The EU has long maintained that the West Bank and East Jerusalem are not part of Israel, and in 2010 the European Court of Justice ruled that Israeli products from the Occupied Territories should not receive preferential customs treatment under the European Community – Israel trade agreement of 2000.  Last year the EU re-affirmed existing guidelines to member states not to engage in activities with or that bring benefit to Israeli enterprises or institutions in East Jerusalem or the West Bank. Yet the EU itself has not imposed sanctions upon Israel; in fact, it was eager to sign Israel on to the Horizon 2020 agreement for cooperative scientific research. As the European Parliament president Martin Schulz said at Hebrew University on Feb 12, “There is no boycott in the European Parliament; there is for sure not a majority for a potential boycott.”

The British Department of Trade and Investment has issued an advisory, warning British businesses against deals with Jewish settlements for fear of “image damage.”  Yet by and large the EU’s member states have taken a cautious line. As Schulz recently told Israel’s Labor Party leader Isaac Herzog, “Israel’s [real] problem is with the [European] business sector.”  In northern Europe private companies and quasi-governmental pension funds have purposefully pursued divestment. The largest Dutch pension fund, APB, has thus far refrained from divestment, but another pension fund, PGGM, divested from Israeli banks earlier this year. Denmark’s largest bank, Danske Bank, has divested from Bank Ha-poalim, and the Norwegian government pension fund’s has divested from all five major Israeli banks. Norwegian and Danish divestment from certain companies, e.g., Israel-Africa Investments, which has construction projects in the settlements, goes back to 2010.

The pension funds’ actions thus far will not have much impact, as their holdings in Israeli financial institutions and companies were only a few tens of millions of Euros.  European investors continue to snap up Israeli government bonds – most recently, 1.5 billion Euros worth on the London stock exchange at beginning of February.

Israel’s real dependence on the EU is not pension fund purchases of Israeli equities but rather exports of goods and services, as the EU is Israel’s largest trading partner.  (A third of Israel’s exports go to Europe, and a third of the country’s imports come from Europe.)  Some of Israel’s leading exports (e.g., industrial diamonds) are unlikely to be affected by increased sanctions, but Israel’s finance minister Yair Lapid cautions that in the unlikely case where existing EU-Israel trade agreements are abrogated the country could lose four billion Euro per year.  Yet so far, trade has suffered very little.  True, Jordan Valley farmers are finding it harder to sell their expensive greenhouse vegetables, which in many European countries are marked as products of the West Bank and thus shunned.  So the peppers are being bought instead by Russia at a lower price.  The price of shares in Sodastream,  which manufactures carbonated water  dispensers and one of whose production facilities is in the West Bank, is down by about 25 per cent.  The company is not likely to go out of business, however – its product is wildly popular, and Scarlett Johansen is its official spokesperson.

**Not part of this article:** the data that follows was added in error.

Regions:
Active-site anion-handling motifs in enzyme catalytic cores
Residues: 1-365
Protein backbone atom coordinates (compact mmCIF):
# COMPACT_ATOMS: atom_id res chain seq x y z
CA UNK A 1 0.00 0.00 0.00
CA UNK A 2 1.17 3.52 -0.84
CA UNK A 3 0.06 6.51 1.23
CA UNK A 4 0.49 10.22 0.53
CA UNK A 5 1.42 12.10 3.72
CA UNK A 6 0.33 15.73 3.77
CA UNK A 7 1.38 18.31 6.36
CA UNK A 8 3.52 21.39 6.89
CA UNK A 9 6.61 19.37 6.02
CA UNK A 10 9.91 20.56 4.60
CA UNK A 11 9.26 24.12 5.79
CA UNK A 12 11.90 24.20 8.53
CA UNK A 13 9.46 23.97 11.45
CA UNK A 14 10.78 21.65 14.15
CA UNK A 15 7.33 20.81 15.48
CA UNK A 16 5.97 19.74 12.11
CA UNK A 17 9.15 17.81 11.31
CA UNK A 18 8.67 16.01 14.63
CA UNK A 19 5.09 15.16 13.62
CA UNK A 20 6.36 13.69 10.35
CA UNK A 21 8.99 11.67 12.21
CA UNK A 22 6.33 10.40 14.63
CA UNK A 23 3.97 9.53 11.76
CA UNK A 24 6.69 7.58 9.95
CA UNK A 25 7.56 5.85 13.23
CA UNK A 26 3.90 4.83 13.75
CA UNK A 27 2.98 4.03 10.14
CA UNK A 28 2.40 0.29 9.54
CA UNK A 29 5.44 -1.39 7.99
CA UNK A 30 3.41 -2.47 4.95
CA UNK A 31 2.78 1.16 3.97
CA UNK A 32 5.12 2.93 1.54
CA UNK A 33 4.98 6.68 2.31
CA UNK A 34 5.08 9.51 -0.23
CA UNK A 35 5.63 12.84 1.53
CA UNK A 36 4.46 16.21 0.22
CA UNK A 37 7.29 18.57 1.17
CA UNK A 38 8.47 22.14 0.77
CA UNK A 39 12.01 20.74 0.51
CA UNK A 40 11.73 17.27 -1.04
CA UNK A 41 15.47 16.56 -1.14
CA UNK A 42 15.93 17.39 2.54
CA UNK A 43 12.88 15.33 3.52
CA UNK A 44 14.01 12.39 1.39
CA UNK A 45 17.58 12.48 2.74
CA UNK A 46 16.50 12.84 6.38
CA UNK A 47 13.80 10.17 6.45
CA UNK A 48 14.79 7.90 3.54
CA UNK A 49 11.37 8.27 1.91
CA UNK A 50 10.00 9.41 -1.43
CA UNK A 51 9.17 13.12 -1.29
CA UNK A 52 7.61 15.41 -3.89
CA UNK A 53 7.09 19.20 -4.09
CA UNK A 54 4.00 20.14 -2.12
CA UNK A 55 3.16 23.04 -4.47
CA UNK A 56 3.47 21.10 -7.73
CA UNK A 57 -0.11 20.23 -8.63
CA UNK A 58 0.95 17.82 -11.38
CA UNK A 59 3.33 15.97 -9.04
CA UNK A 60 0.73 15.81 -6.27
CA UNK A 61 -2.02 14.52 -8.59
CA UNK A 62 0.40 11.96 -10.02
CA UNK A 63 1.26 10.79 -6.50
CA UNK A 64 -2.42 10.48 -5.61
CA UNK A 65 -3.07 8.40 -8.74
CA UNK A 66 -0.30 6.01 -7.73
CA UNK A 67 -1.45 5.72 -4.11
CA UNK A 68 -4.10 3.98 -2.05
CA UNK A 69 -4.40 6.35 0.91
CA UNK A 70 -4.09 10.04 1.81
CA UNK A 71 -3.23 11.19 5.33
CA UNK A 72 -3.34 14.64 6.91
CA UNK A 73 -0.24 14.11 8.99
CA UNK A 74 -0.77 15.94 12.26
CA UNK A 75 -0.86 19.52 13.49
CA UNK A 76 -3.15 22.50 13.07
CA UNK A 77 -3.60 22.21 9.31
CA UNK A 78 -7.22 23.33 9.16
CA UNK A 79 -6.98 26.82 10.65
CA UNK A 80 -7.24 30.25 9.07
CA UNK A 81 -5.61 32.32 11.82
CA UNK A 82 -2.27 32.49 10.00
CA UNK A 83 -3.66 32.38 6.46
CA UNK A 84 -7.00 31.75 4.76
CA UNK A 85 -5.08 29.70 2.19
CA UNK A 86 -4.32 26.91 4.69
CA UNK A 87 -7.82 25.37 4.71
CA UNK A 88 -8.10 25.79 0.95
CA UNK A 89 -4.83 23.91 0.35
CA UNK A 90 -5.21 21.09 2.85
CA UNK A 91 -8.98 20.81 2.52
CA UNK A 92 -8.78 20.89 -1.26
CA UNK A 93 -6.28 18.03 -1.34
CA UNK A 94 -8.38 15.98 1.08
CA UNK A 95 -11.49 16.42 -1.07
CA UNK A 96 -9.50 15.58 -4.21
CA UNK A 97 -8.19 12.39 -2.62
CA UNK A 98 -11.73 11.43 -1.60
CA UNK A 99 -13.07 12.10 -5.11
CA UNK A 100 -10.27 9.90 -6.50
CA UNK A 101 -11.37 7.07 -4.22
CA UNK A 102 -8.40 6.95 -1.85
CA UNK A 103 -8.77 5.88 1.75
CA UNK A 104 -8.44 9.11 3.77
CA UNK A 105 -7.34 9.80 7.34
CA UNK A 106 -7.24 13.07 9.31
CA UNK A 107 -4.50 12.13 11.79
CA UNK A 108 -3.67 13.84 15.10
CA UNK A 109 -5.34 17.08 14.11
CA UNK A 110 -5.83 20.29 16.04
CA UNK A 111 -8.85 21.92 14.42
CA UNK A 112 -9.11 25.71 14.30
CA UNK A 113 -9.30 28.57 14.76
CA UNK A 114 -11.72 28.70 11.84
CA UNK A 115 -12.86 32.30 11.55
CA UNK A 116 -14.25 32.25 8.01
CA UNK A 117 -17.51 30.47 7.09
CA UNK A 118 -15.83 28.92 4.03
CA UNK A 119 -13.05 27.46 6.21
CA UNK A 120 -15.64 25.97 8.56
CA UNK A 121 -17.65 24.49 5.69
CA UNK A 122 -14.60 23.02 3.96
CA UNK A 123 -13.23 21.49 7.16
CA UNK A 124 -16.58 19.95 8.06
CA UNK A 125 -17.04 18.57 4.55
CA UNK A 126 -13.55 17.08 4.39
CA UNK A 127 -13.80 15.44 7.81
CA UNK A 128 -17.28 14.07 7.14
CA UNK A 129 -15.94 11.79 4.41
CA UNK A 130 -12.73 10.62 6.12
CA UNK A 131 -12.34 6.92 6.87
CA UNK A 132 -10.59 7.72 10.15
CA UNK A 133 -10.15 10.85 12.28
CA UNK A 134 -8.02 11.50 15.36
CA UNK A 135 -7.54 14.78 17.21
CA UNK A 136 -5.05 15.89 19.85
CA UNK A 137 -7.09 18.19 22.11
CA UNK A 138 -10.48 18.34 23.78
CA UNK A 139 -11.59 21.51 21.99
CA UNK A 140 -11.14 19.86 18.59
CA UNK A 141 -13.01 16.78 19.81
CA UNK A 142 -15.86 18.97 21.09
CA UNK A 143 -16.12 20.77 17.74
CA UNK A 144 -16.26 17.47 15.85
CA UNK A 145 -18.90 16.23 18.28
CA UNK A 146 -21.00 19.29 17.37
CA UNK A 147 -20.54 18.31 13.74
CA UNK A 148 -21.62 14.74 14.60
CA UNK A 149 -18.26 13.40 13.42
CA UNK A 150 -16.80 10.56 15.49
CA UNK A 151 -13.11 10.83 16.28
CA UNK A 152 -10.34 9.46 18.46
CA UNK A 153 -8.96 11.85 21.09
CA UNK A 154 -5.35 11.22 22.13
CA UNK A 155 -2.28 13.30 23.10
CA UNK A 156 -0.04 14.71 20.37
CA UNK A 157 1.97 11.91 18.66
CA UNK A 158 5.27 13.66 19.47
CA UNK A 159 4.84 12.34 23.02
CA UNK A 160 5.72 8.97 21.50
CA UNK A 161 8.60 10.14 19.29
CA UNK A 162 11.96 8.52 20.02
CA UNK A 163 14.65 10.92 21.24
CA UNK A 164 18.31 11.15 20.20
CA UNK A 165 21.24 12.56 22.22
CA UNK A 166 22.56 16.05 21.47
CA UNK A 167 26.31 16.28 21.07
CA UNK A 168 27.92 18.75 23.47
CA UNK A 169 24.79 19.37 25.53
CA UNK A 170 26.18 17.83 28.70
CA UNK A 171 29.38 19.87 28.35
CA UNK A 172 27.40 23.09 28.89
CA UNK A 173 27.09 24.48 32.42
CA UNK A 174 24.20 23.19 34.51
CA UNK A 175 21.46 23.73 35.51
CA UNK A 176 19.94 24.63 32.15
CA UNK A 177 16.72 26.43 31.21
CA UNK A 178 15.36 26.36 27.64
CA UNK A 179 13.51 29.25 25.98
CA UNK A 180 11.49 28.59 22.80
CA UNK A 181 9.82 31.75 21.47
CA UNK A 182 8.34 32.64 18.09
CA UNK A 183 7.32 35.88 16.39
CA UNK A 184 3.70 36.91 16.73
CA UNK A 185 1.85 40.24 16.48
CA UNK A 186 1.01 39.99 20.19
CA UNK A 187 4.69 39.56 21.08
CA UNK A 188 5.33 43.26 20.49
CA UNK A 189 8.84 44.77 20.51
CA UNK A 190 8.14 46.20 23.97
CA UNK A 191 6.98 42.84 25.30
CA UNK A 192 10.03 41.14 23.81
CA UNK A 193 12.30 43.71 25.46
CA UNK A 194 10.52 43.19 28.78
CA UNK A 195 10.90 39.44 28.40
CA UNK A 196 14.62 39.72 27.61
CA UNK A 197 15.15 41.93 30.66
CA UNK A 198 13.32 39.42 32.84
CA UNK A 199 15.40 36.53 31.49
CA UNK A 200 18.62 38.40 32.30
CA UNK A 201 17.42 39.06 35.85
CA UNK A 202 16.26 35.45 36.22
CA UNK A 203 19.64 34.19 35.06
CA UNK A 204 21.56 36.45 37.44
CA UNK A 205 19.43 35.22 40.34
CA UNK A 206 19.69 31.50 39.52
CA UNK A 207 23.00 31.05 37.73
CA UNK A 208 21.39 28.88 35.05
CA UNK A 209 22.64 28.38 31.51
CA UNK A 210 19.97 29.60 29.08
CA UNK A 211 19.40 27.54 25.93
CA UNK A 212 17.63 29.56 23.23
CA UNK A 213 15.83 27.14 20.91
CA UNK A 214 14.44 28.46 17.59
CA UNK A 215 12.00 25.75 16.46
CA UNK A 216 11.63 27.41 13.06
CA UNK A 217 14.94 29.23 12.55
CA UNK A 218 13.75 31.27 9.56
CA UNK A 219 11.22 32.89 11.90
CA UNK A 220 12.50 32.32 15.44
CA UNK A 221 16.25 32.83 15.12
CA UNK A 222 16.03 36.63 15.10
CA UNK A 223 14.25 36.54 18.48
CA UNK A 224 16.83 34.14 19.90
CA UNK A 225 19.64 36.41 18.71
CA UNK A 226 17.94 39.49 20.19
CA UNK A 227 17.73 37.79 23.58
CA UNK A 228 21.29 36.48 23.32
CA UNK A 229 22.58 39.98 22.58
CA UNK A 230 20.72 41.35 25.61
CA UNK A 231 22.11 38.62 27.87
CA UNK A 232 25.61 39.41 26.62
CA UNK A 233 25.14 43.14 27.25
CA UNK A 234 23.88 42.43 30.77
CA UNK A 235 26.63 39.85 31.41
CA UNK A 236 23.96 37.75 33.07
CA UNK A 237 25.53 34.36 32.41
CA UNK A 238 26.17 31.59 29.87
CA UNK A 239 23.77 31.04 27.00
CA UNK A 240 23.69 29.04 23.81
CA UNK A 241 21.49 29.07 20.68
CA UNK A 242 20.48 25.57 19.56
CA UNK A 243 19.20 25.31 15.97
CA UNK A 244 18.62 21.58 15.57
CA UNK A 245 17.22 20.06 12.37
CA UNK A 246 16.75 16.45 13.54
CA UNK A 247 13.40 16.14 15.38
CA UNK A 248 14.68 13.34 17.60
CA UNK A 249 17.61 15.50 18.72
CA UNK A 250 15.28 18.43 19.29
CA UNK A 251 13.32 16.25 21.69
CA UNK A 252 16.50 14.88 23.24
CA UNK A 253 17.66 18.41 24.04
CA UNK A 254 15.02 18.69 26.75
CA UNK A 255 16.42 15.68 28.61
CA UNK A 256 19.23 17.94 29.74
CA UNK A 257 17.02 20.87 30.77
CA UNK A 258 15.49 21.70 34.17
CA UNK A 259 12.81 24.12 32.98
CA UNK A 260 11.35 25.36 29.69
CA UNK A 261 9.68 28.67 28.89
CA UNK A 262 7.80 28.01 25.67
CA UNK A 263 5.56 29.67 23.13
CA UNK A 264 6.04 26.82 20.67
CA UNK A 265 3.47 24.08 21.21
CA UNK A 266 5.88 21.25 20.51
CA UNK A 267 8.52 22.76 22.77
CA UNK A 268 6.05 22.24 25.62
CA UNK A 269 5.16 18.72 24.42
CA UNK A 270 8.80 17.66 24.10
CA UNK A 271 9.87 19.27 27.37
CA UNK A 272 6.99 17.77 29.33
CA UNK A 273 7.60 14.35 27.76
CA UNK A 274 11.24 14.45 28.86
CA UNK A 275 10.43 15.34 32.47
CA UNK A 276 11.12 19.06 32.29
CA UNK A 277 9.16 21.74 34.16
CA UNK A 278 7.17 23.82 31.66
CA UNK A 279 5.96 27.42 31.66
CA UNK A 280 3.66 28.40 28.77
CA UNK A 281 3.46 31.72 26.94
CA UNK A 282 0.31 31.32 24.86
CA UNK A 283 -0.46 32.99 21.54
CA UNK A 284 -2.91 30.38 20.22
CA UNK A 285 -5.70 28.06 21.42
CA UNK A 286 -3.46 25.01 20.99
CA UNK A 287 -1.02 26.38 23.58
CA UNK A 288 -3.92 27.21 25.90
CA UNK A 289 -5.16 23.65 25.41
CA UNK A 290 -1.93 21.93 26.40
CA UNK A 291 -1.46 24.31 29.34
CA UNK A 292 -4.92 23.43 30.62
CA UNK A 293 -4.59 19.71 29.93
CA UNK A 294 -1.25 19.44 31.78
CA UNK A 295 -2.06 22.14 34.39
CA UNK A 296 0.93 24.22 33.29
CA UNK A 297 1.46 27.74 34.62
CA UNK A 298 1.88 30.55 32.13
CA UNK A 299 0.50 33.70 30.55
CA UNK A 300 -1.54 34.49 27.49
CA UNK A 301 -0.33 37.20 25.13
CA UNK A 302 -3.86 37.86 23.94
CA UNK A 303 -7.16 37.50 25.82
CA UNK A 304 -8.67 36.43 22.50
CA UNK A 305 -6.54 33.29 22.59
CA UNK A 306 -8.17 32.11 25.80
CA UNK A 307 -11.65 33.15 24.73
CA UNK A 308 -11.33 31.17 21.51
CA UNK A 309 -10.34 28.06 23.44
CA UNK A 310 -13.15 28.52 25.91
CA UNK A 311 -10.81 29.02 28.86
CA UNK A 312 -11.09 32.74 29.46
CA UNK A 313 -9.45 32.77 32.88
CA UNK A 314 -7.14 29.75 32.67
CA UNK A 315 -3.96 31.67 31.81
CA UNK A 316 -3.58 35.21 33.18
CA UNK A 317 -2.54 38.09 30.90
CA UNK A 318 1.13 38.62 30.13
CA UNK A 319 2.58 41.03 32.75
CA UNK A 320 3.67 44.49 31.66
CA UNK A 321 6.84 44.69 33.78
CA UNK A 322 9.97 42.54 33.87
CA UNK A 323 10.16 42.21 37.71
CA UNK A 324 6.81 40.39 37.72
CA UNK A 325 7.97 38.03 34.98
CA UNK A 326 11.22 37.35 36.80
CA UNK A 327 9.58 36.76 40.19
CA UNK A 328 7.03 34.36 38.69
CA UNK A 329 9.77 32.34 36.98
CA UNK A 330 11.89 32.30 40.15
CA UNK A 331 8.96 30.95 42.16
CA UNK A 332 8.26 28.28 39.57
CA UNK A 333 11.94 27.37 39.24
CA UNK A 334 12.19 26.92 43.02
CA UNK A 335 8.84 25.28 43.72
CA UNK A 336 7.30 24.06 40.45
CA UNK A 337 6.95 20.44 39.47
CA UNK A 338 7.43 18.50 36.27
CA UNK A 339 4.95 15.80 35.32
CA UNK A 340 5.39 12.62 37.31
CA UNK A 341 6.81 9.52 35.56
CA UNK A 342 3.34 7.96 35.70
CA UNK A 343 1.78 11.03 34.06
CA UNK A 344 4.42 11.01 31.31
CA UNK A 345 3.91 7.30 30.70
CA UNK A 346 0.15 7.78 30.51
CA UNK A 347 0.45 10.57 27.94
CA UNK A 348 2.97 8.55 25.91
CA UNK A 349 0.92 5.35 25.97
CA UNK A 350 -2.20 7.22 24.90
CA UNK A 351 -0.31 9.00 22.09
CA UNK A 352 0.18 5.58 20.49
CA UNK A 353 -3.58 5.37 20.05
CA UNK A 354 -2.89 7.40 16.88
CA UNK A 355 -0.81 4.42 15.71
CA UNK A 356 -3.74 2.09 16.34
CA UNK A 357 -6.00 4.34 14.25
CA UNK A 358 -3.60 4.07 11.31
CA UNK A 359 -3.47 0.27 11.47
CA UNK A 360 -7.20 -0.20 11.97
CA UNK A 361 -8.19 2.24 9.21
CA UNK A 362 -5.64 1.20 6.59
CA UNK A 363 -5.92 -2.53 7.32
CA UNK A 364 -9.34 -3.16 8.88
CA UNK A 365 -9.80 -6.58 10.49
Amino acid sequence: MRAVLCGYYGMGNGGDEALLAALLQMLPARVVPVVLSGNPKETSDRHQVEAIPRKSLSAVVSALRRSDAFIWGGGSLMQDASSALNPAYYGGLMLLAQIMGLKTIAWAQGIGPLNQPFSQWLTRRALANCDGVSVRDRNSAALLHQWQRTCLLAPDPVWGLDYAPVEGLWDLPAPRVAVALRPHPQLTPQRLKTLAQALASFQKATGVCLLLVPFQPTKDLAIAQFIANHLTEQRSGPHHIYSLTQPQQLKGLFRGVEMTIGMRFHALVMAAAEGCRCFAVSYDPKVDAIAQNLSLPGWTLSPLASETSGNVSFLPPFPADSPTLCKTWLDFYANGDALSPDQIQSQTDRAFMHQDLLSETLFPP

The goods produced in the West Bank settlements amount to only about one per cent of Israel’s total industrial product.  A boycott against these goods will do the state of Israel little serious harm.  They will, however, hurt the people who produce them.  Israel has sixteen industrial zones in the West Bank, employing some 21000 workers, two thirds of whom are Palestinian.  They earn about three times the Palestine Authority’s minimum wage and so are not necessarily eager to endorse a boycott of settlement products.

Ultimately, though, the boycott issue is not about economics, but rather about politics.  Supporters of BDS justify the short-term loss of a livelihood for a Palestinian labourer in exchange for the opportunity for the Palestinian people to realize their collective national rights.  In order to appear to be politically progressive, European businesses may be willing to expand the process of divestment from West Bank enterprises and Israeli companies or banks that deal with them.   But it is doubtful that they would boycott Israel altogether. Doing so would have a heavy political cost of its own, and they would lose a lot of money.